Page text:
That’s not to say polygonal 3D doesn’t work at all, mind; load in something that’s a few years old or designed to run on lower-spec machines and you’ll have an excellent experience. I tried Qute’s fantastic shoot ’em up Eschatos, for example, and it happily ran along at a consistent 60fps without breaking a sweat. Likewise, Bizarre Creations’ excellent Blur — an Xbox 360/PS3-era racer — ran along at a magnificent clip, superior to its console counterparts, though not quite solid 60fps throughout.

Anbernic Win600
Midnight Castle Succubus looked lovely, and the cut-off lower screen was only noticeable in menus, not gameplay.

2D performance is, as you’d hope, excellent. Castle in the Clouds and Midnight Castle Succubus both ran beautifully — though it did look as if the extreme bottom of the display was being cut off in both of those cases when run full screen. Follow-up Tower and Sword of Succubus, which we’ll be looking at soon, didn’t seem to have this problem, but it would also only run in a screen-size window (with title bar and taskbar) rather than filling the screen.

When running Steam games in SteamOS’s gaming mode, most of them tend to default to a borderless full screen mode without any window or OS paraphernalia, so if you can be bothered with the additional tweaking required to get some things running under SteamOS, it may provide a marginally superior experience for some titles.

Visual Novels

Older visual novels will probably only run in a window, so you may want to customise your Windows experience to allow you to focus on them.

The main reason I was interested in a Steam Deck or a Steam Deck-like device was as a portable visual novel machine. While many titles make it to Nintendo Switch these days — and some of these are even exclusive to the Switch — there are still plenty of visual novels that remain confined to PC, particularly if they’re adults-only titles.

With that in mind, I was curious to try a few different experiences, covering visual novels from several distinct “eras”. Some older titles have trouble running on more recent versions of Windows, for example, so I was curious to see if that would be the case on the Anbernic Win600.

Things didn’t start great with Lightning Warrior Raidy. Under Windows, this game steadfastly refused to run in full-screen mode, and in windowed mode some graphical peculiarity meant that only half of the window would ever update at a time unless you slid it around the screen a bit.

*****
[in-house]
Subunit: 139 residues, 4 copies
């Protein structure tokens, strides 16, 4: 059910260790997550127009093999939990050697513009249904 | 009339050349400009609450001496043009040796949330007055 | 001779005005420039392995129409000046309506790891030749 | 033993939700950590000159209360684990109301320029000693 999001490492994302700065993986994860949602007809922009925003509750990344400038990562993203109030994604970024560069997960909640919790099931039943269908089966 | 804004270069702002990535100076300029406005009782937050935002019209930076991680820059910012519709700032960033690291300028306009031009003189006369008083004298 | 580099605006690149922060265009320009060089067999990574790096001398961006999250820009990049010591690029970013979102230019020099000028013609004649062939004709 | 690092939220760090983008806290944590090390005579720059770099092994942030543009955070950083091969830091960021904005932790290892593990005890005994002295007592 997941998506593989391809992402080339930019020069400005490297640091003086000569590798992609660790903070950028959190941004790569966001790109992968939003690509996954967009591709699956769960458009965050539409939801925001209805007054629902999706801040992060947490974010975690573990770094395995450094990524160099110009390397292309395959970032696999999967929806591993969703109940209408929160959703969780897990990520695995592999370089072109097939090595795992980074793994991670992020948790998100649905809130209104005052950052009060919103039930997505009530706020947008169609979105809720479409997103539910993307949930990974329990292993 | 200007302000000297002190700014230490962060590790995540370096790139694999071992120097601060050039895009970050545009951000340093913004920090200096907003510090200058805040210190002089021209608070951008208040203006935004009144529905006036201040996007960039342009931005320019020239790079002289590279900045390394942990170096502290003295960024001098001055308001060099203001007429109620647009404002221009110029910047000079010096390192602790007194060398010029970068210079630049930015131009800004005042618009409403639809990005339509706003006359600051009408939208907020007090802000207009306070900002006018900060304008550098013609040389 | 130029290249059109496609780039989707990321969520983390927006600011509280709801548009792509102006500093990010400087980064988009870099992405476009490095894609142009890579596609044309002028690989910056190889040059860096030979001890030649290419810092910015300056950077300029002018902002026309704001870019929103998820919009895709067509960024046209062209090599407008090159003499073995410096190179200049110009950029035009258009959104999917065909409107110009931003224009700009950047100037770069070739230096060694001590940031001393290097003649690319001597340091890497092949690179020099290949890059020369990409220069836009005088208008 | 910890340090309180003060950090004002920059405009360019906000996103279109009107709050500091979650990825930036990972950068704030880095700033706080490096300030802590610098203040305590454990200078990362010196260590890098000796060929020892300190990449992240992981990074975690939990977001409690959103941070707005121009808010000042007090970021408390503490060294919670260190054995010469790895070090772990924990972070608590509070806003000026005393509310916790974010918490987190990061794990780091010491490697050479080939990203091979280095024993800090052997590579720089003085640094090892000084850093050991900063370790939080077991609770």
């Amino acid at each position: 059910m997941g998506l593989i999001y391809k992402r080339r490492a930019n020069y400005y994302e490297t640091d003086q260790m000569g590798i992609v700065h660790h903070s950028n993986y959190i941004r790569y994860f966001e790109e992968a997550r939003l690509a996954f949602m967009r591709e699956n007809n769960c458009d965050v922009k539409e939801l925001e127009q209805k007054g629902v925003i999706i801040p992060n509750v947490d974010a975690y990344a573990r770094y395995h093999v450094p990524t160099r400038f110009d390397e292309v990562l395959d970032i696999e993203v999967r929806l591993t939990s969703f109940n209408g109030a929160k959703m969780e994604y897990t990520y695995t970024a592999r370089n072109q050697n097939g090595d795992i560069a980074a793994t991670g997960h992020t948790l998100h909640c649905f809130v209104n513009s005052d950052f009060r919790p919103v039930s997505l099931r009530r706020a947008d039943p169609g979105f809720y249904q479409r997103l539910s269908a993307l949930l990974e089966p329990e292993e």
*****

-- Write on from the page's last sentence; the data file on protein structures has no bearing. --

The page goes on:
Under SteamOS via Proton or WINE, the game actually fared quite a bit better, surprisingly, looking and sounding absolutely fine — but some of the inputs didn’t quite work as intended. Left mouse clicks would work to make selections, for example, but not to advance the text, and it was seemingly impossible to get virtual keystrokes (either assigned to the Anbernic Win600’s physical controls or via a virtual keyboard) to respond in any way. This meant the game was just about playable, but you’d have to keep it on Auto mode in order for the text to advance — not ideal, but workable.

Yukkuri Panic Escalation worked fine in Windows in both its visual novel and Gals Panic-style action game modes, though both refused to switch to full screen. In situations like this, you can either use Windows 10’s Aero Shake feature (grab the window by the top-left and “shake” it) to minimise all other on-screen windows, or make use of a tweaker app like Ghoster to automatically dim the windows you’re not actively using.

Crescendo, probably one of the oldest visual novels I have in my collection that will actually still open on modern machines, opened fine in Windows, but refused to go into full screen mode. The 640×480 resolution of this one results in a somewhat small window, too, so you may wish to look at magnification solutions (or simply changing the screen resolution) for games like this. It worked, at least — which is more than can be said for my attempts to get it up and running in SteamOS, where the game crashed on launch with an error about “registration”.

Anbernic Win600
YOU and ME and HER ran flawlessly, defaulting to full-screen 16:9 without issue.

Meanwhile, at the more modern end of things, Nitroplus’ classic YOU and ME and HER worked absolutely flawlessly, working just fine in windowed and full screen modes, and filling the display with the title’s lovely artwork.

The straightforward conclusions, therefore, are that the more recent the visual novel you’re trying to play, the more likely you are to have a pleasantly seamless experience. Older stuff will run, sure, but you might need to tinker a bit to get them looking and feeling optimally — and some stuff will just flat-out be a no-go.

Retro Gaming

Anbernic Win600
You’ll have zero issues with classic systems like PC Engine.

While there’s no need to use Batocera if you’re happy to just use your favourite emulators on Windows, there seems to be a general consensus among the community that performance is quite a bit better on the Anbernic Win600 if you use a dedicated retro gaming-centric OS like Batocera rather than attempting to work with the bloat of Windows.